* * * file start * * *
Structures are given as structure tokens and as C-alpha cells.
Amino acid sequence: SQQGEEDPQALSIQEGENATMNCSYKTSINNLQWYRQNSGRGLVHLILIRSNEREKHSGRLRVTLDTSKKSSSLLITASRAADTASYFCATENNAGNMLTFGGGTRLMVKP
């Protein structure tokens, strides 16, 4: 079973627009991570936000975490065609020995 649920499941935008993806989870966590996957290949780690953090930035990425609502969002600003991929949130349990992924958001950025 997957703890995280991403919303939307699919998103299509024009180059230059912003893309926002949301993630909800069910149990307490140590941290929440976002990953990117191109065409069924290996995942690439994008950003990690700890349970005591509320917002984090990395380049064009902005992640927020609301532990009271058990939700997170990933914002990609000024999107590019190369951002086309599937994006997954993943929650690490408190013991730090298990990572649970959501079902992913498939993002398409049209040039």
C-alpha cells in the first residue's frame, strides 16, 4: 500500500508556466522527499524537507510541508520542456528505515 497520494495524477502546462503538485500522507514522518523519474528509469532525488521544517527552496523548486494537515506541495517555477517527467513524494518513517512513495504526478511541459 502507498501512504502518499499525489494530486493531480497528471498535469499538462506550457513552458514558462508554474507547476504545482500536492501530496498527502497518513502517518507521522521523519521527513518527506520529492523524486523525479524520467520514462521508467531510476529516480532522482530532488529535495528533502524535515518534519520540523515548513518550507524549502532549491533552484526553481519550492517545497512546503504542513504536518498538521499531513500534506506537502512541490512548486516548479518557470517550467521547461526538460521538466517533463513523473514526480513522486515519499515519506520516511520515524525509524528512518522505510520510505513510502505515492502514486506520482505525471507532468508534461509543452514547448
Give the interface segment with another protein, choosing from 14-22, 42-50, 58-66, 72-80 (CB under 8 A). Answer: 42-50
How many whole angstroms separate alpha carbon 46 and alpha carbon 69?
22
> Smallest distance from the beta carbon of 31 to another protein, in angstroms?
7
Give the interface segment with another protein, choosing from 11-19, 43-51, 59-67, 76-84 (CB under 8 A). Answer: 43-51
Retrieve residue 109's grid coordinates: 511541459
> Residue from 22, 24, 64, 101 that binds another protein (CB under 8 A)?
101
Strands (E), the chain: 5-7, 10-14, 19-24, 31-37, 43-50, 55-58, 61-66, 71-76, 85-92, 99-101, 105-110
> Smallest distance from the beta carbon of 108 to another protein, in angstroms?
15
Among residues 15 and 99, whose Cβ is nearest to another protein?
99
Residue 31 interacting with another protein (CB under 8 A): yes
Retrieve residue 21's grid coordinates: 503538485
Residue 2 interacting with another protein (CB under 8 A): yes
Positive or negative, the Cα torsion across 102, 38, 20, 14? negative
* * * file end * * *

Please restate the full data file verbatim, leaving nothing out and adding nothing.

Structures are given as structure tokens and as C-alpha cells.
Amino acid sequence: SQQGEEDPQALSIQEGENATMNCSYKTSINNLQWYRQNSGRGLVHLILIRSNEREKHSGRLRVTLDTSKKSSSLLITASRAADTASYFCATENNAGNMLTFGGGTRLMVKP
């Protein structure tokens, strides 16, 4: 079973627009991570936000975490065609020995 649920499941935008993806989870966590996957290949780690953090930035990425609502969002600003991929949130349990992924958001950025 997957703890995280991403919303939307699919998103299509024009180059230059912003893309926002949301993630909800069910149990307490140590941290929440976002990953990117191109065409069924290996995942690439994008950003990690700890349970005591509320917002984090990395380049064009902005992640927020609301532990009271058990939700997170990933914002990609000024999107590019190369951002086309599937994006997954993943929650690490408190013991730090298990990572649970959501079902992913498939993002398409049209040039």
C-alpha cells in the first residue's frame, strides 16, 4: 500500500508556466522527499524537507510541508520542456528505515 497520494495524477502546462503538485500522507514522518523519474528509469532525488521544517527552496523548486494537515506541495517555477517527467513524494518513517512513495504526478511541459 502507498501512504502518499499525489494530486493531480497528471498535469499538462506550457513552458514558462508554474507547476504545482500536492501530496498527502497518513502517518507521522521523519521527513518527506520529492523524486523525479524520467520514462521508467531510476529516480532522482530532488529535495528533502524535515518534519520540523515548513518550507524549502532549491533552484526553481519550492517545497512546503504542513504536518498538521499531513500534506506537502512541490512548486516548479518557470517550467521547461526538460521538466517533463513523473514526480513522486515519499515519506520516511520515524525509524528512518522505510520510505513510502505515492502514486506520482505525471507532468508534461509543452514547448
Give the interface segment with another protein, choosing from 14-22, 42-50, 58-66, 72-80 (CB under 8 A). Answer: 42-50
How many whole angstroms separate alpha carbon 46 and alpha carbon 69?
22
> Smallest distance from the beta carbon of 31 to another protein, in angstroms?
7
Give the interface segment with another protein, choosing from 11-19, 43-51, 59-67, 76-84 (CB under 8 A). Answer: 43-51
Retrieve residue 109's grid coordinates: 511541459
> Residue from 22, 24, 64, 101 that binds another protein (CB under 8 A)?
101
Strands (E), the chain: 5-7, 10-14, 19-24, 31-37, 43-50, 55-58, 61-66, 71-76, 85-92, 99-101, 105-110
> Smallest distance from the beta carbon of 108 to another protein, in angstroms?
15
Among residues 15 and 99, whose Cβ is nearest to another protein?
99
Residue 31 interacting with another protein (CB under 8 A): yes
Retrieve residue 21's grid coordinates: 503538485
Residue 2 interacting with another protein (CB under 8 A): yes
Positive or negative, the Cα torsion across 102, 38, 20, 14? negative